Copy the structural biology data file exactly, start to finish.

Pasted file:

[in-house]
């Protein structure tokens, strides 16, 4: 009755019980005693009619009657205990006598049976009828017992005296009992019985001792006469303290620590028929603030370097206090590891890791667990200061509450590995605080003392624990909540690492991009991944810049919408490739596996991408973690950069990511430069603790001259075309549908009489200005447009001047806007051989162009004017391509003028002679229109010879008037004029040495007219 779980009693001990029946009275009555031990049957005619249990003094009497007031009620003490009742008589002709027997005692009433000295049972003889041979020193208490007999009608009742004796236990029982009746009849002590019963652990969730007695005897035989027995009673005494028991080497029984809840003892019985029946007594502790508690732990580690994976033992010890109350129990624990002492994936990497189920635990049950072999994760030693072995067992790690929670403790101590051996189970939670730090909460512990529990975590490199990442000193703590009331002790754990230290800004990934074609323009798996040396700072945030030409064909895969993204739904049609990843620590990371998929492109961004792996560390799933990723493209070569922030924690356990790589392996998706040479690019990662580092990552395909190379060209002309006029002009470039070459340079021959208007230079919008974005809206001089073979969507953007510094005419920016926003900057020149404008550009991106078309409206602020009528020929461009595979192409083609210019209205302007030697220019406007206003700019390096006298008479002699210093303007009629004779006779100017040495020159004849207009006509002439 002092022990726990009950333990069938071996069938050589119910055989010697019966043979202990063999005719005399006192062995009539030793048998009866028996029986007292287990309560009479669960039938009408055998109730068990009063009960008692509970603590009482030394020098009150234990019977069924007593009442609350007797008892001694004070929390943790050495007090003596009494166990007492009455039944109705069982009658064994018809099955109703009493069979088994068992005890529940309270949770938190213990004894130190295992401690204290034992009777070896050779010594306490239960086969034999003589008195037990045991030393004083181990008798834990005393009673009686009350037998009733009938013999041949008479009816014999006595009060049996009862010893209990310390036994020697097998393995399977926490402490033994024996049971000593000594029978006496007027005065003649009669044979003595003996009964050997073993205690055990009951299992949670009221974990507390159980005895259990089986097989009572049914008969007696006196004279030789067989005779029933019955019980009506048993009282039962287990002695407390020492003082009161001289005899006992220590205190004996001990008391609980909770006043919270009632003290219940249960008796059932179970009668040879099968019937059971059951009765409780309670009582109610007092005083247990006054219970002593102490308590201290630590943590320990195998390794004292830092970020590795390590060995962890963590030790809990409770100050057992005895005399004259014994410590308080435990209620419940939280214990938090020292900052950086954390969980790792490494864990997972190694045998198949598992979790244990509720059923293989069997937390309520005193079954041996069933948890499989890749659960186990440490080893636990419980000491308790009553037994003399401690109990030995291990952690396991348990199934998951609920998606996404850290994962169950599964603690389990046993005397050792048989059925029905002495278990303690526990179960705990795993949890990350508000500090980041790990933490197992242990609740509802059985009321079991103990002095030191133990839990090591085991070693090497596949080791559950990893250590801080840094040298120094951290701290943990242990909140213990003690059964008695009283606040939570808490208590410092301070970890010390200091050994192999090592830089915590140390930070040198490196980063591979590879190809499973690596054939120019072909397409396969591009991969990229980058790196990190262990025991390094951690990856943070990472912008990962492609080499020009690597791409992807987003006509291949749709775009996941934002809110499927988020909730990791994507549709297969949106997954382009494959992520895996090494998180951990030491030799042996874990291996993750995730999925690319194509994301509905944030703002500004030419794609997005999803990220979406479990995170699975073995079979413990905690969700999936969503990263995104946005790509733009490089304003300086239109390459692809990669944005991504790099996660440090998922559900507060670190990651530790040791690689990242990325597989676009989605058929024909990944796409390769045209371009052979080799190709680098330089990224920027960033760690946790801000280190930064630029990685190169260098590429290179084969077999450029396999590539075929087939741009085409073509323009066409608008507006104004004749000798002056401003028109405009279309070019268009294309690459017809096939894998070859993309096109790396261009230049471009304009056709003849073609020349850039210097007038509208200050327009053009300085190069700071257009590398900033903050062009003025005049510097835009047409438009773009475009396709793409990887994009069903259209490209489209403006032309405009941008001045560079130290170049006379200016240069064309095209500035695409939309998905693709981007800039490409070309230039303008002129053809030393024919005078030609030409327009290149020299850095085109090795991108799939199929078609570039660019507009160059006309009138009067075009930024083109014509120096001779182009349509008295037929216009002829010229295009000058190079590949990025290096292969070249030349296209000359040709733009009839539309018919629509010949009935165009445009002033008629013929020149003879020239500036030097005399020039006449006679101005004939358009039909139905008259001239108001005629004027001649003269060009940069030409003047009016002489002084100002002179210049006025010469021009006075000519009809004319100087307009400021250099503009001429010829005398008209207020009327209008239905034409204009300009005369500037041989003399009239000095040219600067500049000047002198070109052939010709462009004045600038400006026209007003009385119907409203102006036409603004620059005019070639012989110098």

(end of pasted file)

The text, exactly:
[in-house]
């Protein structure tokens, strides 16, 4: 009755019980005693009619009657205990006598049976009828017992005296009992019985001792006469303290620590028929603030370097206090590891890791667990200061509450590995605080003392624990909540690492991009991944810049919408490739596996991408973690950069990511430069603790001259075309549908009489200005447009001047806007051989162009004017391509003028002679229109010879008037004029040495007219 779980009693001990029946009275009555031990049957005619249990003094009497007031009620003490009742008589002709027997005692009433000295049972003889041979020193208490007999009608009742004796236990029982009746009849002590019963652990969730007695005897035989027995009673005494028991080497029984809840003892019985029946007594502790508690732990580690994976033992010890109350129990624990002492994936990497189920635990049950072999994760030693072995067992790690929670403790101590051996189970939670730090909460512990529990975590490199990442000193703590009331002790754990230290800004990934074609323009798996040396700072945030030409064909895969993204739904049609990843620590990371998929492109961004792996560390799933990723493209070569922030924690356990790589392996998706040479690019990662580092990552395909190379060209002309006029002009470039070459340079021959208007230079919008974005809206001089073979969507953007510094005419920016926003900057020149404008550009991106078309409206602020009528020929461009595979192409083609210019209205302007030697220019406007206003700019390096006298008479002699210093303007009629004779006779100017040495020159004849207009006509002439 002092022990726990009950333990069938071996069938050589119910055989010697019966043979202990063999005719005399006192062995009539030793048998009866028996029986007292287990309560009479669960039938009408055998109730068990009063009960008692509970603590009482030394020098009150234990019977069924007593009442609350007797008892001694004070929390943790050495007090003596009494166990007492009455039944109705069982009658064994018809099955109703009493069979088994068992005890529940309270949770938190213990004894130190295992401690204290034992009777070896050779010594306490239960086969034999003589008195037990045991030393004083181990008798834990005393009673009686009350037998009733009938013999041949008479009816014999006595009060049996009862010893209990310390036994020697097998393995399977926490402490033994024996049971000593000594029978006496007027005065003649009669044979003595003996009964050997073993205690055990009951299992949670009221974990507390159980005895259990089986097989009572049914008969007696006196004279030789067989005779029933019955019980009506048993009282039962287990002695407390020492003082009161001289005899006992220590205190004996001990008391609980909770006043919270009632003290219940249960008796059932179970009668040879099968019937059971059951009765409780309670009582109610007092005083247990006054219970002593102490308590201290630590943590320990195998390794004292830092970020590795390590060995962890963590030790809990409770100050057992005895005399004259014994410590308080435990209620419940939280214990938090020292900052950086954390969980790792490494864990997972190694045998198949598992979790244990509720059923293989069997937390309520005193079954041996069933948890499989890749659960186990440490080893636990419980000491308790009553037994003399401690109990030995291990952690396991348990199934998951609920998606996404850290994962169950599964603690389990046993005397050792048989059925029905002495278990303690526990179960705990795993949890990350508000500090980041790990933490197992242990609740509802059985009321079991103990002095030191133990839990090591085991070693090497596949080791559950990893250590801080840094040298120094951290701290943990242990909140213990003690059964008695009283606040939570808490208590410092301070970890010390200091050994192999090592830089915590140390930070040198490196980063591979590879190809499973690596054939120019072909397409396969591009991969990229980058790196990190262990025991390094951690990856943070990472912008990962492609080499020009690597791409992807987003006509291949749709775009996941934002809110499927988020909730990791994507549709297969949106997954382009494959992520895996090494998180951990030491030799042996874990291996993750995730999925690319194509994301509905944030703002500004030419794609997005999803990220979406479990995170699975073995079979413990905690969700999936969503990263995104946005790509733009490089304003300086239109390459692809990669944005991504790099996660440090998922559900507060670190990651530790040791690689990242990325597989676009989605058929024909990944796409390769045209371009052979080799190709680098330089990224920027960033760690946790801000280190930064630029990685190169260098590429290179084969077999450029396999590539075929087939741009085409073509323009066409608008507006104004004749000798002056401003028109405009279309070019268009294309690459017809096939894998070859993309096109790396261009230049471009304009056709003849073609020349850039210097007038509208200050327009053009300085190069700071257009590398900033903050062009003025005049510097835009047409438009773009475009396709793409990887994009069903259209490209489209403006032309405009941008001045560079130290170049006379200016240069064309095209500035695409939309998905693709981007800039490409070309230039303008002129053809030393024919005078030609030409327009290149020299850095085109090795991108799939199929078609570039660019507009160059006309009138009067075009930024083109014509120096001779182009349509008295037929216009002829010229295009000058190079590949990025290096292969070249030349296209000359040709733009009839539309018919629509010949009935165009445009002033008629013929020149003879020239500036030097005399020039006449006679101005004939358009039909139905008259001239108001005629004027001649003269060009940069030409003047009016002489002084100002002179210049006025010469021009006075000519009809004319100087307009400021250099503009001429010829005398008209207020009327209008239905034409204009300009005369500037041989003399009239000095040219600067500049000047002198070109052939010709462009004045600038400006026209007003009385119907409203102006036409603004620059005019070639012989110098």